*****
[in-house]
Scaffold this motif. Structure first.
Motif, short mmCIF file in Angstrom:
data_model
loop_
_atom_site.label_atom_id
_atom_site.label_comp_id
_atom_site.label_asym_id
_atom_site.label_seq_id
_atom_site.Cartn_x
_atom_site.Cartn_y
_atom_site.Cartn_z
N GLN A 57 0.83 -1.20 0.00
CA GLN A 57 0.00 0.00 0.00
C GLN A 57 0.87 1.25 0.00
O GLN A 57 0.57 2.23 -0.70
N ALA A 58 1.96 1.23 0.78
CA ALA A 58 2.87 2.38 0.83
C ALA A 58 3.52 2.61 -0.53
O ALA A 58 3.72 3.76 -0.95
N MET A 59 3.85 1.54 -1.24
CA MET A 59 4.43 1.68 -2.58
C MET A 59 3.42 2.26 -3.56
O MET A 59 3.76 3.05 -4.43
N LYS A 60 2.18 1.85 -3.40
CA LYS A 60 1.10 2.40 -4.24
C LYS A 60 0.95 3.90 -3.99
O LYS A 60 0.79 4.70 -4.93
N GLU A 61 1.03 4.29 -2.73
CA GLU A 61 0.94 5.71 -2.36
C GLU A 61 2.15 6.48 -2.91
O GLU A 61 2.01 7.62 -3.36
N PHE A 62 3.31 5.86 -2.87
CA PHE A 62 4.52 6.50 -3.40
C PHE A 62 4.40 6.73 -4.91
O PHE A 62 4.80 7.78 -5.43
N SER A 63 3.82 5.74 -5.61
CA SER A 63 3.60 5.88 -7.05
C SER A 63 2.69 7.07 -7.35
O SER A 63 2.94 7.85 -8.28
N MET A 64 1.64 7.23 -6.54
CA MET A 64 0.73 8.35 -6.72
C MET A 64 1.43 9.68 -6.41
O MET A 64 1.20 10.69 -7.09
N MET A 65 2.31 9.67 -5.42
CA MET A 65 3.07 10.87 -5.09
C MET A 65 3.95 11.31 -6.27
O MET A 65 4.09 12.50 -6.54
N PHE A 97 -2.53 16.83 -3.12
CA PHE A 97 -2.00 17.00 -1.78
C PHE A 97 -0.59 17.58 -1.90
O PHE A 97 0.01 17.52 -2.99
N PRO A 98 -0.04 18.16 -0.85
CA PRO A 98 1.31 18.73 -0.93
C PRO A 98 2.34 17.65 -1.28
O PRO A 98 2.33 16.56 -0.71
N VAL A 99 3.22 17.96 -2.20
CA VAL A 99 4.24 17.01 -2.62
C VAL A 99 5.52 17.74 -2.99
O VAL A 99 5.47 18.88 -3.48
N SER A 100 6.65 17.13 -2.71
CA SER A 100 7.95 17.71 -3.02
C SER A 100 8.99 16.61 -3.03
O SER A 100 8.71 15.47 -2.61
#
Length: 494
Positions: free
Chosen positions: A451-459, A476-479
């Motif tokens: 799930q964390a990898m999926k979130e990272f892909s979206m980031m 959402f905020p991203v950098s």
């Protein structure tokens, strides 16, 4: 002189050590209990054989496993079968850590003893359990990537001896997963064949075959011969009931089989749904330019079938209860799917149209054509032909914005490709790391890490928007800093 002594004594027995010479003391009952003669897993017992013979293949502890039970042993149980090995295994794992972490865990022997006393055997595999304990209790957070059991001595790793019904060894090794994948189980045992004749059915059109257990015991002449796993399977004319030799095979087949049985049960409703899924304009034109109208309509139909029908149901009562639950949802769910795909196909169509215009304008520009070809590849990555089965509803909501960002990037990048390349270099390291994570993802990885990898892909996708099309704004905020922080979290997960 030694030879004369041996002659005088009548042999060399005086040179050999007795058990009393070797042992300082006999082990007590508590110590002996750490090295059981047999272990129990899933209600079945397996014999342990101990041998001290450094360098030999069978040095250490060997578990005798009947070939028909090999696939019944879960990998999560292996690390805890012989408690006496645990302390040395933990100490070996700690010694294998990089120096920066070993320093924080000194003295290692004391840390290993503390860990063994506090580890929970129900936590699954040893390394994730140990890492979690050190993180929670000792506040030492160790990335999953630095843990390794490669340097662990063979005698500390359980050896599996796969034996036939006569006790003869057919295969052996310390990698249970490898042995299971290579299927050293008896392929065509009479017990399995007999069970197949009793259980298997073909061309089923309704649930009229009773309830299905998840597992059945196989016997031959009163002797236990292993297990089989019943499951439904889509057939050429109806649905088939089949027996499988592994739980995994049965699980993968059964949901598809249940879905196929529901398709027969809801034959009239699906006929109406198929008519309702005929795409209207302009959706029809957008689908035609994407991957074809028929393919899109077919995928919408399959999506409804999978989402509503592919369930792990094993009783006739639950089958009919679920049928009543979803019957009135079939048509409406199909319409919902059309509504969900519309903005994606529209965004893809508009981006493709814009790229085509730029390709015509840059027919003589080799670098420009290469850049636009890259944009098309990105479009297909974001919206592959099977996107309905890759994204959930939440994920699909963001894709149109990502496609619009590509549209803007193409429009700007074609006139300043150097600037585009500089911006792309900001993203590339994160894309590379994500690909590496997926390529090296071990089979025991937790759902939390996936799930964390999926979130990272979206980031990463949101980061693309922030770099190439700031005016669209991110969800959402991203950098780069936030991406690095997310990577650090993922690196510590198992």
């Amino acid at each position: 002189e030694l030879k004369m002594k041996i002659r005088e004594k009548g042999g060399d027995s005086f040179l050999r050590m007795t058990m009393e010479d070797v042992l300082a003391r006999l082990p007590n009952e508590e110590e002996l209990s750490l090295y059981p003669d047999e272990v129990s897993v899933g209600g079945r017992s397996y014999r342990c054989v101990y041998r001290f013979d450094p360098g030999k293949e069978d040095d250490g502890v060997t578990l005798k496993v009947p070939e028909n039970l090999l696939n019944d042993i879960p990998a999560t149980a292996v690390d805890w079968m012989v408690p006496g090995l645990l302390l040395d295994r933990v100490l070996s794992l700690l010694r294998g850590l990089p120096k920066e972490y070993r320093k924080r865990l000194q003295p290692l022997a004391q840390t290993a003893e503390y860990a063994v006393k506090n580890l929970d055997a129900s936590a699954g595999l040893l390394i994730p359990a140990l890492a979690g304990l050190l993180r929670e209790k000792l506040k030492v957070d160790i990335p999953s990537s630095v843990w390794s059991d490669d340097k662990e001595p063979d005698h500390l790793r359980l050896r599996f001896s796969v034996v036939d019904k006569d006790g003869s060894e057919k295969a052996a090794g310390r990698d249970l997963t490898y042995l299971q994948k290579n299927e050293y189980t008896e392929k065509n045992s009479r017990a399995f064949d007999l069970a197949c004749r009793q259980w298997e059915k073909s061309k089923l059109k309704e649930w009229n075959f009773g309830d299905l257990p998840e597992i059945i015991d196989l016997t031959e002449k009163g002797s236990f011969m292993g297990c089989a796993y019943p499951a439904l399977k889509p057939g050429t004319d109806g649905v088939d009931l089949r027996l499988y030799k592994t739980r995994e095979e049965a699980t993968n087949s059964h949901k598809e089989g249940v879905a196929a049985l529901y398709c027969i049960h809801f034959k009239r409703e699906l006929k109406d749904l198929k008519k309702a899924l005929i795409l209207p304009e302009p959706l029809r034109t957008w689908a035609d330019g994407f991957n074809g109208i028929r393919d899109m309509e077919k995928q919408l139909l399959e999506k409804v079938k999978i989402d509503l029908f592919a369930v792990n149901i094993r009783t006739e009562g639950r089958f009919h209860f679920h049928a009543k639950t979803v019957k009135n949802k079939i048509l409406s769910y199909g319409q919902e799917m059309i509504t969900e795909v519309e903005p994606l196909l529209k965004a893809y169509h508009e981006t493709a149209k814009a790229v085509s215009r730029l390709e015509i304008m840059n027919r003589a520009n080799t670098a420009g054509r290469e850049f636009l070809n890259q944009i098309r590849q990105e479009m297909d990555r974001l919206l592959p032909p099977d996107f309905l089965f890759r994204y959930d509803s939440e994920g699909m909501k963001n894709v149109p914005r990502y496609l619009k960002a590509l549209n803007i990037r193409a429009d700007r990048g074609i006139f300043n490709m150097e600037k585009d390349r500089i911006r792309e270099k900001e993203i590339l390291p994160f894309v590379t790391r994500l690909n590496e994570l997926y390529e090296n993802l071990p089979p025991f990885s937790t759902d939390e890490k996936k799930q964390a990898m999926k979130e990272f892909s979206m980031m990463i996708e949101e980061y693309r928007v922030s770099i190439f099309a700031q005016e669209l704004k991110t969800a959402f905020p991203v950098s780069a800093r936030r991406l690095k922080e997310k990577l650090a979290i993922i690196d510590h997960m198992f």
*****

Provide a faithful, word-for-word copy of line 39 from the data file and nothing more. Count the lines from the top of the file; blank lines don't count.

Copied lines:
C SER A 63 2.69 7.07 -7.35